Meg and I met as colleagues when I was living the 9-5 corporate life in marketing and copywriting. She is one the most talented and creative people I know, and one of the first people I brought on to contribute to the Whimsy Soul.
What I admire most about her is how multi-faceted she is. From creating fun (and delicious!) fandom cocktails and discussing the latest in food media on Pod Appétit to working on her vampire novel – I’m excited for her to share more about herself and some advice on exploring your own creative outlet.
Q&A: Whimsy Writer Meg Mezeske On Creativity & Exploring New Interests (+ Advice For Getting Started On Your Own Creative Outlet)
I love this Q&A series because we get to share more about the Whimsy Soul team, but what I love about Meg’s Q&A is it discusses how to take your creative outlet to the next level similar to how the Whimsy Soul started, a hobby turned full time business!
Hi Meg!! I know you’ve been around a while, but can you do a quick introduction?
Hi! I’m Whimsy Soul’s resident mixologist and “Pop Culture Queen.” I’ve spent most of my career as a marketing copywriter and content writer, but what I really enjoy writing is fiction. I’m also a foodie, a podcaster, and a bit of a geek.
We love Pod Appétit! Can you tell us more about it? What inspired you to start podcasting? How did you get started?
Pod Appétit started out as a fancast for the Bon Appétit YouTube channel before it blew up in 2020 (if you know, you know). My co-hosts and I, who range from amateur to expert home cooks, pivoted to talking about all types of food media, like Chef and the Great British Bake Off.
I was introduced to podcasts in 2010 following an eye injury and surgeries that kept me bedridden for months—I had to fight off boredom with audio entertainment only! I fell in love with NPR’s Pop Culture Happy Hour and was inspired to start my first podcast, Indoorswomen, about geek pop culture (which should come as no surprise to anyone who’s seen my fandom cocktails).
You’re so talented! A podcaster and PUBLISHED author. Tell us your books, where we can read them, and any advice you have for someone who wants to get started on a creative journey!
My first novel, RED TEA, is a murder mystery set in Japan, and you can find it wherever books are sold (I especially recommend ordering through your local bookstore). My new novel is about vampires—who doesn’t love vampires?! I’m currently querying literary agents to represent my work, but you’ll be among the first to know when it’s published!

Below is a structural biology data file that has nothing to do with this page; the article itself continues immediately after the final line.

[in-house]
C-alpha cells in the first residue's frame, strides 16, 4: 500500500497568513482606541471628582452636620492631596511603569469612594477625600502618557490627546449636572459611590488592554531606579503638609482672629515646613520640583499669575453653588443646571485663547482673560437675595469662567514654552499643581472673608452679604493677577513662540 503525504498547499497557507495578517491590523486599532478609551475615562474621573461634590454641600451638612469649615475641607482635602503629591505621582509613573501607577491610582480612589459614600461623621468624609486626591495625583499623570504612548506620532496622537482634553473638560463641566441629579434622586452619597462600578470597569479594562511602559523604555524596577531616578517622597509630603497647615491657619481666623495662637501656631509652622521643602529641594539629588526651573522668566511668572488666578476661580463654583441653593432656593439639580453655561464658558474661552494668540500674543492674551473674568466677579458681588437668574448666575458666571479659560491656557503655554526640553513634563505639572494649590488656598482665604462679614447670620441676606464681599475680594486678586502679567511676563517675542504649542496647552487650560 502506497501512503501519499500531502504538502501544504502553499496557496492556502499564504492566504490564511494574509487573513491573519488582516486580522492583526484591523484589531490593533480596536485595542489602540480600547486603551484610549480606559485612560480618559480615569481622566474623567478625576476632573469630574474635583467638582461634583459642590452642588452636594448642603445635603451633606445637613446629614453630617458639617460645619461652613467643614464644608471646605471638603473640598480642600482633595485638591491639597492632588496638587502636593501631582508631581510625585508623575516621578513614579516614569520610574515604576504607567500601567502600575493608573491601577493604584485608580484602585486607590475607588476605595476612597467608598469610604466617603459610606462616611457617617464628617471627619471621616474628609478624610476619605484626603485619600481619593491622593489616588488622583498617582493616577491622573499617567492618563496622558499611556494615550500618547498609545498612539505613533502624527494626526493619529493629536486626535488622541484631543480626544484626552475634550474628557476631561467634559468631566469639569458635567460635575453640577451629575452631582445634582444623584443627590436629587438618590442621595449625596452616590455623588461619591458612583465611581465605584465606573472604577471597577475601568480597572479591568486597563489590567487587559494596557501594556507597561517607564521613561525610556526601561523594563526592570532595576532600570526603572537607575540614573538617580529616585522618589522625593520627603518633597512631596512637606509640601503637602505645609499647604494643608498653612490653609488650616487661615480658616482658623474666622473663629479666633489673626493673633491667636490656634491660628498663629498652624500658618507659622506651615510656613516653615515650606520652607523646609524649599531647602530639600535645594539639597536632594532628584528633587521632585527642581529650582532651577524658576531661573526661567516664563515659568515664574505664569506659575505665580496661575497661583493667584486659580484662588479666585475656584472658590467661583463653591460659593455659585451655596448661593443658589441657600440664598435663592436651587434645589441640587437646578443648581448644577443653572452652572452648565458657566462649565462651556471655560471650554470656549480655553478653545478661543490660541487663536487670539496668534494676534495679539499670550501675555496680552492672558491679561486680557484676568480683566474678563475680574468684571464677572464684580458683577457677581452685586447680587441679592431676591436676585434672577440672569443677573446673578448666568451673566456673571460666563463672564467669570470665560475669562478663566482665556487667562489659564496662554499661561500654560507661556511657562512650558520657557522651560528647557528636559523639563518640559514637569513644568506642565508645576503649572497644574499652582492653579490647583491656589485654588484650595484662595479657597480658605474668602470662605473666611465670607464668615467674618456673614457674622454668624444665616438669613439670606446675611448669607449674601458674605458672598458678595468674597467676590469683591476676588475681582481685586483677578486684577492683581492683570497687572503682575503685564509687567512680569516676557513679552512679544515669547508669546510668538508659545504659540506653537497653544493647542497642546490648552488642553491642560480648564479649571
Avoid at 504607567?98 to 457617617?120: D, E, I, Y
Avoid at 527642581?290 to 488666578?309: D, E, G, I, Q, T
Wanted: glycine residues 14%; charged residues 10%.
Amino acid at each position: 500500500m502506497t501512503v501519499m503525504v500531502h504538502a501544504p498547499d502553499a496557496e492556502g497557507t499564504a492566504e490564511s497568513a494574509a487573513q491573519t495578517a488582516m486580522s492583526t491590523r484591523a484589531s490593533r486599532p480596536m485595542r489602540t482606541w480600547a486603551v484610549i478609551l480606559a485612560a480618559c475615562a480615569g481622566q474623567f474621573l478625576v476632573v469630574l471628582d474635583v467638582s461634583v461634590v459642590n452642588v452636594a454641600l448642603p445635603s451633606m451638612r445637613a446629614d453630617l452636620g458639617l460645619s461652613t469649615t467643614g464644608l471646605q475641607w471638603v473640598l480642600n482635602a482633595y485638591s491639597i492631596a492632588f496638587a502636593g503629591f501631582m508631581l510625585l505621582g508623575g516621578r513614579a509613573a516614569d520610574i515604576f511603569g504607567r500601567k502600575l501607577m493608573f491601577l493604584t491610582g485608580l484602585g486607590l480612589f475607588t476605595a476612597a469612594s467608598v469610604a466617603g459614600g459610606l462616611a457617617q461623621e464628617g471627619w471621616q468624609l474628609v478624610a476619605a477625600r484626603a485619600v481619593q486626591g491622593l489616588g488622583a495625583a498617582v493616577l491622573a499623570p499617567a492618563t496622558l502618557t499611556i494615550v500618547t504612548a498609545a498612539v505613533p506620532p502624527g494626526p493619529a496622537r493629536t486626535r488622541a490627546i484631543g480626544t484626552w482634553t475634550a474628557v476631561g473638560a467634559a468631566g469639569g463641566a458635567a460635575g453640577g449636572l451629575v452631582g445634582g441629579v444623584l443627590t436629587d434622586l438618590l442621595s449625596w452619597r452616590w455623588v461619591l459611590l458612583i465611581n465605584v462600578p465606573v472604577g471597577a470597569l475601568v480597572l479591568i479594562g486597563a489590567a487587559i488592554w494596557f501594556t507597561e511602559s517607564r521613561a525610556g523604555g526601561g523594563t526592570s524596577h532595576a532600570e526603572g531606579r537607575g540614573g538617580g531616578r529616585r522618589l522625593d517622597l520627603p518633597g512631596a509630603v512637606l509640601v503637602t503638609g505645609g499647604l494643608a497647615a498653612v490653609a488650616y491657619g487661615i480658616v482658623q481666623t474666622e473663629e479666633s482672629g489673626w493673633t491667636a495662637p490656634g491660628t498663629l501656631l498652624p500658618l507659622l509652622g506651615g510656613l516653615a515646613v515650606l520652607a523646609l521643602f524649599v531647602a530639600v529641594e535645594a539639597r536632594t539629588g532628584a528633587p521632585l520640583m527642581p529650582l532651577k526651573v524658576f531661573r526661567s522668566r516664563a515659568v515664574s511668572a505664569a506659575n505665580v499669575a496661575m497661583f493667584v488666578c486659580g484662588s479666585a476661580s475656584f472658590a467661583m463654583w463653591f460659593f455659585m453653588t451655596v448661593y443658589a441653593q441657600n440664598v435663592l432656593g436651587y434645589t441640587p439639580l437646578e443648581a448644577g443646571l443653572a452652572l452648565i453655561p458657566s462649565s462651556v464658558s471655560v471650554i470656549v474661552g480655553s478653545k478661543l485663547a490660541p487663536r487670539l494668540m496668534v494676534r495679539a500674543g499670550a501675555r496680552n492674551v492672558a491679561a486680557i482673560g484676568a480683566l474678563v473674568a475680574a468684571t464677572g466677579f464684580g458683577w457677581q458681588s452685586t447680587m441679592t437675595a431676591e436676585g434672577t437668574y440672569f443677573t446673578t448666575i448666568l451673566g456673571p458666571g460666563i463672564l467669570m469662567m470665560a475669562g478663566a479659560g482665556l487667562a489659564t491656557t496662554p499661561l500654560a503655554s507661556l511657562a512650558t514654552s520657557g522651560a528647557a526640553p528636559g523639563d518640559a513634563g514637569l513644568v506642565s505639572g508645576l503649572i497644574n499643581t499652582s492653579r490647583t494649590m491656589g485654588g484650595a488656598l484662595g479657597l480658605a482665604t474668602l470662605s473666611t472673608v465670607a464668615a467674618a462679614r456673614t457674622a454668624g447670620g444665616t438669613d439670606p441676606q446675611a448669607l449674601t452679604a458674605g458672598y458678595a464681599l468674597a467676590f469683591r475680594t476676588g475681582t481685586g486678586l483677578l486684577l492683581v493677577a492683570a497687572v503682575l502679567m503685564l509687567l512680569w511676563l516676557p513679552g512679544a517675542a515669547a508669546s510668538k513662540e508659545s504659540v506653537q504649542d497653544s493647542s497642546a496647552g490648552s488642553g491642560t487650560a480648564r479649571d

My advice is to work on your creative project EVERY DAY, even if it’s only for a few minutes. I wrote the majority of Red Tea this way, following the “Seinfeld Strategy” (aka “Don’t Break the Chain”).
Okay, so you describe yourself as a dilettante. Won’t lie, I had to Google the meaning, BUT can you tell us more about why you use it to describe yourself?
I call myself a dilettante because it’s a sillier/fancier way to say that I have a casual interest in many subjects and skills without being particularly good at or committed to any of them 😉
Basically, I’m a dabbler! I’ve explored illustration, beekeeping, endurance swimming, ukulele, ghost hunting, costuming, gardening, ballet… the list goes on and on. I bet many Whimsy Soul readers can relate to this, too, because we’re curious about new experiences.
Now, if you don’t know. Meg creates bomb cocktail recipes. So, do you have one tip to level up at-home cocktails?
My top tip is to use freshly squeezed juice. That’s it! So many popular cocktail recipes call for lemon or lime juice, and since it’s a major component of the drink, juice from a can or bottle simply won’t do.
For more advanced mixologists, my tip is to experiment with making your own infused alcohol and infused simple syrup. It’s a relatively easy way to add a lot of flavor to your drinks.
Speaking of cocktails, the Pink Sakura is one of my faves because you talk about your time in Japan! What was your favorite place to visit in Japan that the tourists all miss out on?
Many tourists go to Japan during springtime to see the cherry blossoms, but I think winter may be the best season to visit. Here are a few wintry activities and attractions that tourists might miss out on:
- The Sapporo Snow Festival: This week-long event showcases breathtaking snow and ice sculptures, many reaching over 50 feet tall!
- Mount Zaō: Here you’ll find Okama Crater Lake, also called the “Five-Colored Lake” due to its changing water, and the stunning “snow monsters” of Zaō (featured in my novel Red Tea).
- Jigokudani Monkey Park: See wild monkeys bathing in natural hot springs! This park also neighbors several onsen (hot springs) resorts, and if you haven’t taken a dip in an onsen on a snowy winter day, you haven’t lived.
Adding winter in Japan to my bucket list! Now time for some rapid fire questions!
Gin and tonic
Fun fact about your cats.
Emmett and Marty are named after… (guess in the comments!) 🐱
Disneyland or Disney World?
Based on the above answer, favorite ride?
Pirates of the Caribbean 🏴☠️